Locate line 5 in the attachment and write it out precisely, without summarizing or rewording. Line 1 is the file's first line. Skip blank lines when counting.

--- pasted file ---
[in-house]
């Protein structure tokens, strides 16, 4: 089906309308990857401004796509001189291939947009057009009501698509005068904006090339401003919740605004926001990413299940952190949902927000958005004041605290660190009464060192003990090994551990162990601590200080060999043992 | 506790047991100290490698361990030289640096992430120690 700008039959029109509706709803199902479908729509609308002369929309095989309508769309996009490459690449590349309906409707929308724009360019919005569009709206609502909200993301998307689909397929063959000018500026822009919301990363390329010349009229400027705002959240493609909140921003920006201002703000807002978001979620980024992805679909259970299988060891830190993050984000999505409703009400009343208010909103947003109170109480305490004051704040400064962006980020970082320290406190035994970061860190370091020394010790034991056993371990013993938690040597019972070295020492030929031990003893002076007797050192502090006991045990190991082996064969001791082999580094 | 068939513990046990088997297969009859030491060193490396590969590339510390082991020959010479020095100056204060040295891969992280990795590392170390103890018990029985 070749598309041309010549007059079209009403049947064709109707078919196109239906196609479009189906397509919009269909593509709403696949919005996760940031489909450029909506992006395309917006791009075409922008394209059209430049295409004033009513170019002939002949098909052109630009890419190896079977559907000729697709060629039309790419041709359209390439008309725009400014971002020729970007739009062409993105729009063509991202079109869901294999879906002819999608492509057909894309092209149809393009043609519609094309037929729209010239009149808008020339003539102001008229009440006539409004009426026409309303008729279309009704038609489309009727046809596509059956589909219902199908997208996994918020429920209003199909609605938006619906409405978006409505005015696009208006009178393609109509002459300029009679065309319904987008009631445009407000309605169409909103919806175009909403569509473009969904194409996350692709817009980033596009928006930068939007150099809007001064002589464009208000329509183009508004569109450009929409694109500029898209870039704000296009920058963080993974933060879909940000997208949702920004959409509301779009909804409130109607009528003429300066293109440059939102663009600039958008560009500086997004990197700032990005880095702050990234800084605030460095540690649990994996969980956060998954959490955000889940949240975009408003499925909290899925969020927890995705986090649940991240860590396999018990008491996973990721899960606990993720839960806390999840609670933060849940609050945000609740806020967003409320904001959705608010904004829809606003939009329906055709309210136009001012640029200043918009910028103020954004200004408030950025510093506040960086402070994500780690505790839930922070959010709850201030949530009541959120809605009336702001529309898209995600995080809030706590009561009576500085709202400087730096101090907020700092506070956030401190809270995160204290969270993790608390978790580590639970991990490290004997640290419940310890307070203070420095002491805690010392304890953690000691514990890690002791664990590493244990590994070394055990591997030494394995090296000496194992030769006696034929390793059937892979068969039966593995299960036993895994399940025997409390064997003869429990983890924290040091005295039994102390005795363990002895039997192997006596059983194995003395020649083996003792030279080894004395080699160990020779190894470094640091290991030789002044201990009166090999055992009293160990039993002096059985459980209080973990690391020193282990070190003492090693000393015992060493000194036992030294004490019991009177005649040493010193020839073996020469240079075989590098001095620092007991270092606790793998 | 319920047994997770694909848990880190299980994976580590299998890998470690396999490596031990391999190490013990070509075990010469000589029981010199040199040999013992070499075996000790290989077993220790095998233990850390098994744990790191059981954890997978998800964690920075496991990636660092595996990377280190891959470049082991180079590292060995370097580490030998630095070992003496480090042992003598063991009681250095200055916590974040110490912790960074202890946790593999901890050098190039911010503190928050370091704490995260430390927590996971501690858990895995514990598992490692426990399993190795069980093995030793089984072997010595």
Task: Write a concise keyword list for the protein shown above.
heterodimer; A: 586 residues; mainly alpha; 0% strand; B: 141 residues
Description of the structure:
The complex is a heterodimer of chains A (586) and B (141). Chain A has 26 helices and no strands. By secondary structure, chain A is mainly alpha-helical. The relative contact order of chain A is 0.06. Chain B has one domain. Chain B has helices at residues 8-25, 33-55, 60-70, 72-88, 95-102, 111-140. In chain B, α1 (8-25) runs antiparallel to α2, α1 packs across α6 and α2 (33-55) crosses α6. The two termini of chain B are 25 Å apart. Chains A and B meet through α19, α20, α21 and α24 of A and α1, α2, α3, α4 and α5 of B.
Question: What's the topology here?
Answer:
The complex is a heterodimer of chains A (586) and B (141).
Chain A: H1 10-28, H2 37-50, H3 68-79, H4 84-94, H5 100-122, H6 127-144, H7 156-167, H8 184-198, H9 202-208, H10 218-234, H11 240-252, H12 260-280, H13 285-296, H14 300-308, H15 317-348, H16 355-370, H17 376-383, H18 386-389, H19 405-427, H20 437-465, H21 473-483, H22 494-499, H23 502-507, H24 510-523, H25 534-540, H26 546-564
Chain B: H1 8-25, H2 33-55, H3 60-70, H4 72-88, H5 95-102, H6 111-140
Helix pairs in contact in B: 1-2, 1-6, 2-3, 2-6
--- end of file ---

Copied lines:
Description of the structure: